What is money and how does the supply of money actually come about?
Let’s start by using the U.S. government as an example because they’re the largest economy and the dollar is an “international” currency, known as the “reserve currency.” Side note: Since the 1970’s oil embargo by the OPEC countries, the United States offered the Saudis a deal which turned their currency into the de facto global legal tender, commonly known in highbrow economic circles as ‘dollarization.’
Some aspects of the deal:
The Saudis committed to sell oil for American dollars only on the international markets. They (the United States) would act as a security guarantor to the Kingdom, purchase oil almost exclusively from them, reinvest all the Saudi profits in America, build up their economy through joint ventures/investments, guarantee no interference in their internal affairs, guarantee zero prosecution of any Saudi Prince, (there are approximately 8000 of them), both from their state department and from any country or organisation in the world and help fight their enemies by supplying Saudi Arabia with the latest weaponry and training their troops. But I digress……….
Step One: Here goes, the government needs money based on promises the politicians made the electorate about all the wonderful things they’ll do once elected. To pay for the campaign promises, the Treasury (part of the Department of Finance) borrows currency by issuing billions in so-called Government Bonds which are in effect glorified IOU’s promising that the government will repay the purchasers of those bonds plus the interest at some future date.
This is known as “Deficit Spending,” spending money or rather overspending money you actually don’t have, so you create debt to meet the promises you made. What you need to understand at this point is that when economists talk of our “National Debt,” they’re talking about the total number of Treasury Bonds issued and the monthly interest on them, which means that all our country owes everyone, is wrapped up in these IOU’s. Now these bonds are in turn paid back by you and me and future generations through the same government taxing Us, yip you read correctly. Therefore, when a government issues bonds its stealing prosperity from our grandkids so it can spend the money today. Roughly 40% of all global trade is in government bonds.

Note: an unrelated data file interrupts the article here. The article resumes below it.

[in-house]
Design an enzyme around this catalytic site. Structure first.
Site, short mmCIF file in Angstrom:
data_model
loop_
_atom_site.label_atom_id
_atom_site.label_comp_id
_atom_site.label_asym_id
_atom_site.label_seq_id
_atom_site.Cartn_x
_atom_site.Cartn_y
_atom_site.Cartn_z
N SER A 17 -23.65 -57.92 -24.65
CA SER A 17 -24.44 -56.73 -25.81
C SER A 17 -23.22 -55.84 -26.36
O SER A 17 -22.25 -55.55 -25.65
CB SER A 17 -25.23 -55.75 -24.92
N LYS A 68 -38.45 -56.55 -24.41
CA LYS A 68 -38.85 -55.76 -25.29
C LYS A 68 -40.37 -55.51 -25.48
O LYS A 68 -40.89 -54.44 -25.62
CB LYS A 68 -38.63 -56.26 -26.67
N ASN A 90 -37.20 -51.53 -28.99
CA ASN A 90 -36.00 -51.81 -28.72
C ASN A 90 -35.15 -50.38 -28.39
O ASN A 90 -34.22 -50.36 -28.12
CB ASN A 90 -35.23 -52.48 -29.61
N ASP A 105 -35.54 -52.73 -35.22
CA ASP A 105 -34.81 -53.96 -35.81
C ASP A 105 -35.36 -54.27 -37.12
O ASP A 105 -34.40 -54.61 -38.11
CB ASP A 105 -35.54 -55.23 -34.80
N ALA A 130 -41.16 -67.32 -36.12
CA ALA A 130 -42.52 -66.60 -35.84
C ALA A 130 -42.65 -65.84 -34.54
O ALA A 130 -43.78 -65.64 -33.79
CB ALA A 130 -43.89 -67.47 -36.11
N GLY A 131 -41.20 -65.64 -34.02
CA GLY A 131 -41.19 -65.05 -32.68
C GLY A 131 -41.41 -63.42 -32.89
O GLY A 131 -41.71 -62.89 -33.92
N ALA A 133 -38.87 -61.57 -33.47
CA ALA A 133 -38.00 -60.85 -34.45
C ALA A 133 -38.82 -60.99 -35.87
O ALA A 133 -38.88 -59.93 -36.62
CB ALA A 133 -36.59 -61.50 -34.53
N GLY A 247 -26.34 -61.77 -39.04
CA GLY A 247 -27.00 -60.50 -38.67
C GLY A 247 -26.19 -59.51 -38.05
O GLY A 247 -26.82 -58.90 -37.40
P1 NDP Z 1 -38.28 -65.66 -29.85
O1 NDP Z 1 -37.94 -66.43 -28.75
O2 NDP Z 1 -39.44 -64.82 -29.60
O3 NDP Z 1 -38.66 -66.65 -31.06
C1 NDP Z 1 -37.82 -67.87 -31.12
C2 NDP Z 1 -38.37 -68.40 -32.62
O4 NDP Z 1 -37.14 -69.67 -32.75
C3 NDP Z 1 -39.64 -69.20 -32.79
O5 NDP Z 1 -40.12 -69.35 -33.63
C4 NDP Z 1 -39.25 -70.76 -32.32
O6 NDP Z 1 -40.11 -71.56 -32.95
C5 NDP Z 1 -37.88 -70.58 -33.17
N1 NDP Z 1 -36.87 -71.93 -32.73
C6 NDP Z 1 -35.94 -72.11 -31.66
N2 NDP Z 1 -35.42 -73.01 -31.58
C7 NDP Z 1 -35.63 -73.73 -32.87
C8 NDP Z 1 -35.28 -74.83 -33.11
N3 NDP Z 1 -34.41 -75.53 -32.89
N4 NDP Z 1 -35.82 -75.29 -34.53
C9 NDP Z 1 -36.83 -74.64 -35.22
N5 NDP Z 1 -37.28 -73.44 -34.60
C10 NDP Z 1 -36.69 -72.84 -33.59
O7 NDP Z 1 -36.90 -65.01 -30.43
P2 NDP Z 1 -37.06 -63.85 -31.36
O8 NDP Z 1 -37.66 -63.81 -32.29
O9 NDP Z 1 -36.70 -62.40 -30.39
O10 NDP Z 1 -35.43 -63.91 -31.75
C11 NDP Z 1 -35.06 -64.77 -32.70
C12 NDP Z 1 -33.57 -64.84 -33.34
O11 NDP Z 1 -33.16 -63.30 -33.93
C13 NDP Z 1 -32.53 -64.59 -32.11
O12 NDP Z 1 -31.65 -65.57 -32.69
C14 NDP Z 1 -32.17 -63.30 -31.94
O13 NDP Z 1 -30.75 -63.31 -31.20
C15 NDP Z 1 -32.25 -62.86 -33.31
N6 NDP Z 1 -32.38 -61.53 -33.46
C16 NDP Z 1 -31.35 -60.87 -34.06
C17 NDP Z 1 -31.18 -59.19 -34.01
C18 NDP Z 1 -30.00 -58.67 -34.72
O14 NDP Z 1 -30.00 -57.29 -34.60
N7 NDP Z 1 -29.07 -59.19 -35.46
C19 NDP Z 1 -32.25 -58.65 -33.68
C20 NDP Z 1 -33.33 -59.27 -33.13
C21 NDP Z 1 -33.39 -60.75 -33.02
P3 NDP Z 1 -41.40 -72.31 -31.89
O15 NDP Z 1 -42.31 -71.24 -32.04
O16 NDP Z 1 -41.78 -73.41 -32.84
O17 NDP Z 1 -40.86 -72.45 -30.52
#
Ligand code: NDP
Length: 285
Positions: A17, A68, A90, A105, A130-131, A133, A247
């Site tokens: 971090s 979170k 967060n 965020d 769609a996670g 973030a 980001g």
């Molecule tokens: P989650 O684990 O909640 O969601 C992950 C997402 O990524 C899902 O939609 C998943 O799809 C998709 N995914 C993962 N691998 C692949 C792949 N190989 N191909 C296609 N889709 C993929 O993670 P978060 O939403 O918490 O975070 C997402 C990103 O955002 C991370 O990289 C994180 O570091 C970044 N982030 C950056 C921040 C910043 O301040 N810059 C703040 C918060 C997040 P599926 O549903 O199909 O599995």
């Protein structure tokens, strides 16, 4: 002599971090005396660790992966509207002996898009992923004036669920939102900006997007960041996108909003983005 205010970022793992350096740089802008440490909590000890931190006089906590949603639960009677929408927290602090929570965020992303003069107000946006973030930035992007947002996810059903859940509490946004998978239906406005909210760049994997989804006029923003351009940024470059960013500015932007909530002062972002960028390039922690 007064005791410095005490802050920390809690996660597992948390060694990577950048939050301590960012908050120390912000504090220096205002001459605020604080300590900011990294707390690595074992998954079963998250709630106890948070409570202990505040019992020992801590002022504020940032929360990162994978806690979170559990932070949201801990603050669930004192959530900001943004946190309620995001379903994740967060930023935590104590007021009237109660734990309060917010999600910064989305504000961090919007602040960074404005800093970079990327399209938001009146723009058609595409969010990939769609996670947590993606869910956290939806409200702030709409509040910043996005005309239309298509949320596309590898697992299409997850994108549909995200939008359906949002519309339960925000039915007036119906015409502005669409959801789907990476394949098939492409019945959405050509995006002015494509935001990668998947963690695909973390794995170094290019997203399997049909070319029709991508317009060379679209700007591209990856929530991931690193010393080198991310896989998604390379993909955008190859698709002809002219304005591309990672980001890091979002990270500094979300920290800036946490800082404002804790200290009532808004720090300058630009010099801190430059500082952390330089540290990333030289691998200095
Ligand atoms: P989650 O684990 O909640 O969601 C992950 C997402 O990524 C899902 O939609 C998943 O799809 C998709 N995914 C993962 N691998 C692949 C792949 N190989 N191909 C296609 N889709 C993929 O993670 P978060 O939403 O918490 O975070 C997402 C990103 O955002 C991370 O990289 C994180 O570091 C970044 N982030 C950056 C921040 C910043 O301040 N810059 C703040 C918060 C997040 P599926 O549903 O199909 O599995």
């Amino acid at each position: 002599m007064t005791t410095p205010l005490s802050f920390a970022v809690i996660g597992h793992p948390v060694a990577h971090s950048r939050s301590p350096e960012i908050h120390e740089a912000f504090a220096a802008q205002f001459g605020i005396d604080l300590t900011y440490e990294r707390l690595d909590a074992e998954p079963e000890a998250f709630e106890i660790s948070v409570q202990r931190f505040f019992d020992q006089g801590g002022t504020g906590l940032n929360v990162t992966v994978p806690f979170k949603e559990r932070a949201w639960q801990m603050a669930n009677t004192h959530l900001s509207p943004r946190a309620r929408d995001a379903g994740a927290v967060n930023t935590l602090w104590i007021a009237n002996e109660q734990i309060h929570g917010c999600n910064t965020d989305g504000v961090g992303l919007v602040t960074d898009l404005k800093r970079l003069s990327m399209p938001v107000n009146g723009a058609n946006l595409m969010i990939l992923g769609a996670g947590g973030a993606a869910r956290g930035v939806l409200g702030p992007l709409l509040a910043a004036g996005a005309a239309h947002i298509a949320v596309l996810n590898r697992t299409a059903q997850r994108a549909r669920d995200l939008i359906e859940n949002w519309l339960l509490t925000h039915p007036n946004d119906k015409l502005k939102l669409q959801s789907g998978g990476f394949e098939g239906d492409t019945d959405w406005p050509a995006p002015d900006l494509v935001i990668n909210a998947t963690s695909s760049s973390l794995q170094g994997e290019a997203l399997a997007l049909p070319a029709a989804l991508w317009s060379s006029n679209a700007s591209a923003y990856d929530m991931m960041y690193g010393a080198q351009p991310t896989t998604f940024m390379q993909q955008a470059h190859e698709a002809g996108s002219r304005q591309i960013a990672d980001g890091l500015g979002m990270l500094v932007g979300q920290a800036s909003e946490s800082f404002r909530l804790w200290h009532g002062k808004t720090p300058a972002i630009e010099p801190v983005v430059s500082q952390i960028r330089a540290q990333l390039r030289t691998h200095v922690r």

Step Two: the Treasury holds a bond auction, and the world’s largest banks show up and compete to purchase part of our national debt to make a profit off us by earning interest on the bonds. Now notice how only the banks are invited to make a profit? Then, through a “shell game,” euphemistically called, “Open Market Operations,” the banks then get to sell some of those bonds to the FED at a profit. To pay for these bonds, THE FED, with ZERO money in their account, because money hasn’t been created yet, starts writing cheques to the banks to pay for the bonds, unlike you and I, who must make sure we have funds in our accounts before we can issue cheques?